CHINA Podcast: Story in the Story (2/12/2019 Tue.)


Podcast: Story in the Story (2/12/2019 Tue.)

People's Daily app

02:43, February 12, 2019


From the People's Daily app.

And this is Story in the Story.

The UNESCO World Heritage site, the Honghe Hani Rice Terraces, in Yunnan Province is known for being aesthetically amazing.

And the autonomous prefecture that hosts the attraction is just one part of the province's tourism upgrade.

Mi'le has invested over $457 million on four towns, to improve infrastructure and livelihoods.

The town has provided preferential policies to attract young artists.

Local craftspeople showcase traditional kite-making and calabash-carving events.

Nearly 740 Axi people, a branch of Yi ethnic group, inhabit Keyi. Modern wall paintings adorn the 370-year-old settlement.

Tourism and e-commerce have lifted them out of poverty.

"Many villagers like me came back to work in tourism," said local tour guide Zhao Jianmei, adding, "we lacked a sense of belonging as migrant workers in big cities. It's good that we can make a decent salary and be with our family."

Today's Story in the Story looks at how the Bai ethnic minority in Yunnan Province is preserving the ancient art of tye-dying and passing it on to younger generations.


Zhang Hanmin (left) and a local woman are tie-dyeing a piece of cloth with a sky blue color extracted from plants. (Photo: China Daily)

In a century-old courtyard, visitors learn how to tie-dye a piece of white cloth.

As tourism takes hold in the Dali Bai autonomous prefecture, in Yunnan Province, more people are seeking such experiences.

The workshop is conducted by the Lanxu Eco-Culture Development Center in Zhoucheng village, inhabited by the Bai ethnic group. It aims to promote the culture of the Bai people and showcase their sustainable lifestyles.

The tie-dyes of the Bai ethnic group use hand-weaved white cloth and colors extracted from plants. Needles and thread are used to make different folds in a cloth and put it into  a dye vat several times until the color becomes darker. Common patterns are geometric shapes and flowers. The art form was listed as a national intangible cultural heritage in 2006.

"Tie-dyeing is more than craftsmanship. It's a lifestyle that we want to pass on to others. It's about the harmony between the Bai people and nature," said Zhang Hanmin, 35, who founded the center in 2014.

Zhang, who used to work in a non-governmental organization in Beijing said, "I like doing tie-dye. It's a dialogue with my inner-self and time stands still."

Zhang Hanmin and her husband Zhang Bin are part of the Bai ethnic group from Zhoucheng village who worked in Beijing after they graduated from university.

Hanmin returned to her village to revive the ancient tie-dye technique. Later, Zhang Bin returned to support her work at the center. The couple now live in the village with their 6-year-old son.

Zhoucheng village is famous for the tie-dye skills of the Bai ethnic group, which date back to the end of the Ming Dynasty (1368-1644) and the early part of the Qing Dynasty (1644-1911).

At first, she learned how to tie-dye using plants and draw traditional tie-dye patterns from the local elders.


The elders of the Bai ethnic group in Zhoucheng village, Dali, Yunnan province, are weaving cloth. (Photo: China Daily)

When a 90-year-old craftsman taught her how to extract a blue color from a plant, he worked for more than an hour without drinking water or resting.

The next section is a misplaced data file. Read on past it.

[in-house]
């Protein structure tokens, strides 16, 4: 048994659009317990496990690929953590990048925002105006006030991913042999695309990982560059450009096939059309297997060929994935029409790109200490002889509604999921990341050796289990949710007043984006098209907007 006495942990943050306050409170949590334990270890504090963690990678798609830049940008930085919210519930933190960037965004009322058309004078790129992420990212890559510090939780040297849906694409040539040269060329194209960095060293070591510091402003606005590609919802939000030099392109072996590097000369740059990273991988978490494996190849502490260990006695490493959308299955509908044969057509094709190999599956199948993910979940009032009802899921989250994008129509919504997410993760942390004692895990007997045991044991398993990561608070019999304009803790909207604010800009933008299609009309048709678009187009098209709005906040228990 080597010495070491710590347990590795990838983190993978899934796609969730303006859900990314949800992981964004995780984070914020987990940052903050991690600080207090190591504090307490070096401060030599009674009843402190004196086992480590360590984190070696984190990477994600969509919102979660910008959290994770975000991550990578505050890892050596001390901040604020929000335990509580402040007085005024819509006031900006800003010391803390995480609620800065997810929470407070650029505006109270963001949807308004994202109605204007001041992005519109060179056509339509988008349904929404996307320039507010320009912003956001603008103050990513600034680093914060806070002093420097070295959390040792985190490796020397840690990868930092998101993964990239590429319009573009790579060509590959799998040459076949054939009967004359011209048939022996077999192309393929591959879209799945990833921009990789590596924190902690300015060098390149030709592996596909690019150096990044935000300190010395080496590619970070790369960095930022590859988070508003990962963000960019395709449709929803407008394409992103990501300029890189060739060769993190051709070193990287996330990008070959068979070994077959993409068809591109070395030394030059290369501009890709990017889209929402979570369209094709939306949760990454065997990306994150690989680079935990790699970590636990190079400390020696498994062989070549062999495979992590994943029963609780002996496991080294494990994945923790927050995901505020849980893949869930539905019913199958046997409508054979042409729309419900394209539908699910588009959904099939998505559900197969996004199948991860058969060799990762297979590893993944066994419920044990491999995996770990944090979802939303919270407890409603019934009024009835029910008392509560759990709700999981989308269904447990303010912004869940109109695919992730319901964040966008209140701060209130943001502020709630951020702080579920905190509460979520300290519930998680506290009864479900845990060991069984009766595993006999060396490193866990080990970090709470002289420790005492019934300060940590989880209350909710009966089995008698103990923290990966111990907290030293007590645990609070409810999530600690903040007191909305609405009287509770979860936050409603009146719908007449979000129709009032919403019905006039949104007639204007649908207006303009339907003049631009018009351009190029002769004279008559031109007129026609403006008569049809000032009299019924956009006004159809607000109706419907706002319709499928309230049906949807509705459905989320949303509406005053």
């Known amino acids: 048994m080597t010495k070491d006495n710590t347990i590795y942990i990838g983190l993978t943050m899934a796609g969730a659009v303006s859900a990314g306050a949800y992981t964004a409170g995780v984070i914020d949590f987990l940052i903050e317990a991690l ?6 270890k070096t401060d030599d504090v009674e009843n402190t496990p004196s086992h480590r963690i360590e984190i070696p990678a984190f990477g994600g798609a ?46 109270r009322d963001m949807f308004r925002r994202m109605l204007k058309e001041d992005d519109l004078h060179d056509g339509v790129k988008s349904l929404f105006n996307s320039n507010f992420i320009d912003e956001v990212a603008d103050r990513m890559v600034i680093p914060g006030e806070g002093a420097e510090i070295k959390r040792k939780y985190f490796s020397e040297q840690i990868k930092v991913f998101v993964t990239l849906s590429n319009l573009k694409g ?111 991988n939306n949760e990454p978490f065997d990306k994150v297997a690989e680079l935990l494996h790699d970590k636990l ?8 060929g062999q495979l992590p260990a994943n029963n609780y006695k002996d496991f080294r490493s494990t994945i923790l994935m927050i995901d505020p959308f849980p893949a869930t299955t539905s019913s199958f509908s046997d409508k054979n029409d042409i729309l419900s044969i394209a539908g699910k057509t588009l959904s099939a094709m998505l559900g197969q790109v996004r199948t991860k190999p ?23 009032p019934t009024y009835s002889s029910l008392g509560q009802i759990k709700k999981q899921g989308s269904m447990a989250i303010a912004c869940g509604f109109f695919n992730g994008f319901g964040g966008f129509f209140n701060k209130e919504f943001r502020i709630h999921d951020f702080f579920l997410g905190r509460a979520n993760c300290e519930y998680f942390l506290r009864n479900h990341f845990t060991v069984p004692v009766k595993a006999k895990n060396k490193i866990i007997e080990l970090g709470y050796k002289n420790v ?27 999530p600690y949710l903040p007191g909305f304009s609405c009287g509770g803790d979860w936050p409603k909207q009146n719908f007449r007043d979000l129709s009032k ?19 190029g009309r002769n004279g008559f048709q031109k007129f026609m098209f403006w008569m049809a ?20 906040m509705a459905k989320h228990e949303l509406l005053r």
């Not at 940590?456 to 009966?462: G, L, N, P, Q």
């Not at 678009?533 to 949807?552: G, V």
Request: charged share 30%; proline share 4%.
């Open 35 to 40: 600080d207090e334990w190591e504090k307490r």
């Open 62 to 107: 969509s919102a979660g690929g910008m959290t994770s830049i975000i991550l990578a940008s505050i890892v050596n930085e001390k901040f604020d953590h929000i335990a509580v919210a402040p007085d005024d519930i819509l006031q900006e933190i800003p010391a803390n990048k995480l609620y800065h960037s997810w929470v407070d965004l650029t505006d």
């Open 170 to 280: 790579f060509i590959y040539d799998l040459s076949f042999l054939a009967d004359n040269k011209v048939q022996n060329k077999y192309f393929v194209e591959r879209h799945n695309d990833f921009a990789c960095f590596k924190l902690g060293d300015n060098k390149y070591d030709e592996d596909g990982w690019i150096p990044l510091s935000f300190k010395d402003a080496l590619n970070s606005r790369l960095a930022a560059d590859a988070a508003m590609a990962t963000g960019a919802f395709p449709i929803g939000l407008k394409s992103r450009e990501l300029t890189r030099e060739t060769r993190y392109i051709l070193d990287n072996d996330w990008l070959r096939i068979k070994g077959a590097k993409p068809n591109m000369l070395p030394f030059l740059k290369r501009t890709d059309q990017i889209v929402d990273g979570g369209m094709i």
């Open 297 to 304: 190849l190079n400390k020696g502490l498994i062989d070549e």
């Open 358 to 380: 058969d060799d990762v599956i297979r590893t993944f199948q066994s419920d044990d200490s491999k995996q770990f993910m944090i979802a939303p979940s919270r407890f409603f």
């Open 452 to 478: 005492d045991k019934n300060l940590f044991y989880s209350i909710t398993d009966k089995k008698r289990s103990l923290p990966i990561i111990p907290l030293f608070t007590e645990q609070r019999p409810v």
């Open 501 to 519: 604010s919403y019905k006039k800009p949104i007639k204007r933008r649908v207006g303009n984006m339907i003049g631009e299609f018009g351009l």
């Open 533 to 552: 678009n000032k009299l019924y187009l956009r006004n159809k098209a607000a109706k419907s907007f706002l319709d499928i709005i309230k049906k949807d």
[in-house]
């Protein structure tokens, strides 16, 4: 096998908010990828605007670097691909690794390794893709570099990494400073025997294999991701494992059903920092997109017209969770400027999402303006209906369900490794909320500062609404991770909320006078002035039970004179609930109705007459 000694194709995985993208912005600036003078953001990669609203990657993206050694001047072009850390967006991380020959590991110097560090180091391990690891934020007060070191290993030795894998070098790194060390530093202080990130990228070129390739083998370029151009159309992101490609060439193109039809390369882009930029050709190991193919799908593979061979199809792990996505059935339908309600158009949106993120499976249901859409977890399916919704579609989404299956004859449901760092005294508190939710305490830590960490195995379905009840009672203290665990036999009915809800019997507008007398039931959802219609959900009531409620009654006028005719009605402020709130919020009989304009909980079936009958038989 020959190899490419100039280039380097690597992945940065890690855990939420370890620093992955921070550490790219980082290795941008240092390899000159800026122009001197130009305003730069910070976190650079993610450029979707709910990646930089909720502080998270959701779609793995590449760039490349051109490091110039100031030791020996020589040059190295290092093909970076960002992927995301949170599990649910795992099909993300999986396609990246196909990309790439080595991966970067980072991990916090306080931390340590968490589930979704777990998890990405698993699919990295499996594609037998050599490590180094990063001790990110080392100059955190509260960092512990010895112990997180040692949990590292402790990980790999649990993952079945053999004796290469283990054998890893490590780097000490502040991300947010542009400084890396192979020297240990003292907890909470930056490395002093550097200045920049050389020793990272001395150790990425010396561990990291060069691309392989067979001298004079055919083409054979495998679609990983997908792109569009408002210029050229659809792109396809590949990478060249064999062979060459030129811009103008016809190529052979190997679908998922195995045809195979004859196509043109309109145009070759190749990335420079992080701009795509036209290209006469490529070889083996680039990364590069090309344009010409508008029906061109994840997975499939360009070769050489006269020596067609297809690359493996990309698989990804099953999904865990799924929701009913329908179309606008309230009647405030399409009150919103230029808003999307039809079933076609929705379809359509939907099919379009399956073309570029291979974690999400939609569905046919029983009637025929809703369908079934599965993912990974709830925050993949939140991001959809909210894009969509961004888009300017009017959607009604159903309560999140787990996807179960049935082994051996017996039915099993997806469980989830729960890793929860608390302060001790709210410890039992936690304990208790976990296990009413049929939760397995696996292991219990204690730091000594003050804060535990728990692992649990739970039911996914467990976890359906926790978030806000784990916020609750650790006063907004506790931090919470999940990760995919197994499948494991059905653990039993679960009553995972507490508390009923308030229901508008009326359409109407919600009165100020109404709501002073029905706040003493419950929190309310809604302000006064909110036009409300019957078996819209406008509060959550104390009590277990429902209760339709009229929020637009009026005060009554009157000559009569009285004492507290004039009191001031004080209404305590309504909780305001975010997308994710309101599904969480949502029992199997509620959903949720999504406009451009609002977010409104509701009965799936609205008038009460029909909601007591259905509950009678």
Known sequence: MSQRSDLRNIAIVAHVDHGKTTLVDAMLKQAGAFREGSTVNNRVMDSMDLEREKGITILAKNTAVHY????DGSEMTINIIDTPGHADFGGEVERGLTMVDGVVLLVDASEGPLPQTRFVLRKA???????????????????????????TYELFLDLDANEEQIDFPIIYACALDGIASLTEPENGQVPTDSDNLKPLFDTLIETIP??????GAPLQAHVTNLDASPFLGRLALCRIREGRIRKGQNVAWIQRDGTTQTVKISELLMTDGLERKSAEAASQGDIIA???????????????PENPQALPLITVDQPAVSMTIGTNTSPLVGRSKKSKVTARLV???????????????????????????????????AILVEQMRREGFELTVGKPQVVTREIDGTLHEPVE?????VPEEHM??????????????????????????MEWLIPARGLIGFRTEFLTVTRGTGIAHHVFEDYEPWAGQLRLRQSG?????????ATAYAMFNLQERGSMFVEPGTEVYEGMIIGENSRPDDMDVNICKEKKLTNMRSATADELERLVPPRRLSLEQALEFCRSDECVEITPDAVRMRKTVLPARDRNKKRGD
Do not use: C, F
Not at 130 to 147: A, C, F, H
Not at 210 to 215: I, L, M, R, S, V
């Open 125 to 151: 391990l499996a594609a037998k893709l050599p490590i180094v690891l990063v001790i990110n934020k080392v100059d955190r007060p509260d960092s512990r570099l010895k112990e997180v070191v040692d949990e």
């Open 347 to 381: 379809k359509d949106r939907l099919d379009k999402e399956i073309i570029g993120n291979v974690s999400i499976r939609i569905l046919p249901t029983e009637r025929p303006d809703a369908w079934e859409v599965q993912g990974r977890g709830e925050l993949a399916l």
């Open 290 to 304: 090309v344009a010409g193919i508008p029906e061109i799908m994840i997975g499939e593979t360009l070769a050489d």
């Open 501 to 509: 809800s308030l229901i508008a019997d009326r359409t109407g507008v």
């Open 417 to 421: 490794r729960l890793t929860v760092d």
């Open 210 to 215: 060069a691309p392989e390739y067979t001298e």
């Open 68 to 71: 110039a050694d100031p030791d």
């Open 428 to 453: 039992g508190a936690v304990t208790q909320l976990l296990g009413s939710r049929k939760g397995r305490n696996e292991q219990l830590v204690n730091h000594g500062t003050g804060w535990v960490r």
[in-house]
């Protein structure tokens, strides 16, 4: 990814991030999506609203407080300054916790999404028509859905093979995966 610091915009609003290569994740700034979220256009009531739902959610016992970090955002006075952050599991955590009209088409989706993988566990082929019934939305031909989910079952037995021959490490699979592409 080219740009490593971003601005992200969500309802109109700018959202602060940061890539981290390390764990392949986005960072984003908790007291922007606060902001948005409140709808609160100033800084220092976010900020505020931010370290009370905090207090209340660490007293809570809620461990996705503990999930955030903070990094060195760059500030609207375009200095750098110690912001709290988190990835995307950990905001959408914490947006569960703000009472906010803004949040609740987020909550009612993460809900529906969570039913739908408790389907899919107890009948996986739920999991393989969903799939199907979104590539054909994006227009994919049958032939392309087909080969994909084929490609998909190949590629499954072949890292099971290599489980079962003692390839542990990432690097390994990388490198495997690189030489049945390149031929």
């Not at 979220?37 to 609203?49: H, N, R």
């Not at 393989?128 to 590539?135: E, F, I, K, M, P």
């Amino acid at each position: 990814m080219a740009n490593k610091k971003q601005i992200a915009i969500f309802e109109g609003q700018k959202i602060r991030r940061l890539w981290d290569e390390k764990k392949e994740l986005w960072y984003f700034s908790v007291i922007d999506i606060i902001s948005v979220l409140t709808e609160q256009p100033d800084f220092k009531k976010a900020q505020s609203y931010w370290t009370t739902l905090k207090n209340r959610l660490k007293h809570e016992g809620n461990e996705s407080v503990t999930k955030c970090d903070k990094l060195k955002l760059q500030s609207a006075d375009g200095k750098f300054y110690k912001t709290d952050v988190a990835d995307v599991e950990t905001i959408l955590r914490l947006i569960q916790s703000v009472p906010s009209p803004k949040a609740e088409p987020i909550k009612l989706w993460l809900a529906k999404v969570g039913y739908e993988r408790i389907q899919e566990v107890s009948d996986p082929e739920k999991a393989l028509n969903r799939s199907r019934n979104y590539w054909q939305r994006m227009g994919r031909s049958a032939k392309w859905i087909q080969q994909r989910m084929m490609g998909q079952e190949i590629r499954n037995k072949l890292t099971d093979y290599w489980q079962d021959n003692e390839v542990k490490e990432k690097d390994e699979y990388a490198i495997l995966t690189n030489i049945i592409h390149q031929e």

"I'm touched by their attitude and love for nature, and it encourages me to persist when I'm faced with difficulties," she said.

The center's reputation is growing among locals and tourists thanks to word of mouth, and the local government also supports them by inviting them to join events in other cities.

Hanmin remembers when she was a child, the local women would dry their half-made tie-dyes on the stone road, and how she would help her mother to tie-dye to get pocket money.

"At that time, my mother tie-dyed with her friends around the stove after supper, and I played with other children. These memories are what drive me to revive tie-dye.”

Hanmin has also started a class to promote Bai culture among local children. As part of the class, she takes them to the mountains to experience the natural beauty of their hometown.

"It's like sowing a seed-who knows which of them will become an inheritor or guardian of our culture in the future. Just like me, how was I to know that my childhood memories would influence me so much," Hanmin said.

When she returned to her hometown for Spring Festival six years ago, she found that few young Bai people were interested in their traditions. "They preferred machine-made clothes, which were cheaper and came with more patterns," she said.

Now, she finds more locals are returning to Zhoucheng to build a career in tie-dyeing.

She now teaches the technique to others in Dali and believes that sharing and communication will boost the industry.

"I want to be an influencer rather than a competitor. It's important that tie-dye shines on the world stage. When we work together to make the market bigger we will make the industry better," she said.

Hanmin combines fashion elements with traditional tie-dye to make products such as scarves and handkerchiefs.

The center currently has 21 employees, many of whom are local Bai youth.

"When young people find that there are such work opportunities that bring a sense of identity, they will be happy to return to make a contribution to their hometown," Hanmin said. 

(Produced by Nancy Yan Xu, Lance Crayon, Brian Lowe and Da Hang. Music by: Text from Global Times and China Daily.)

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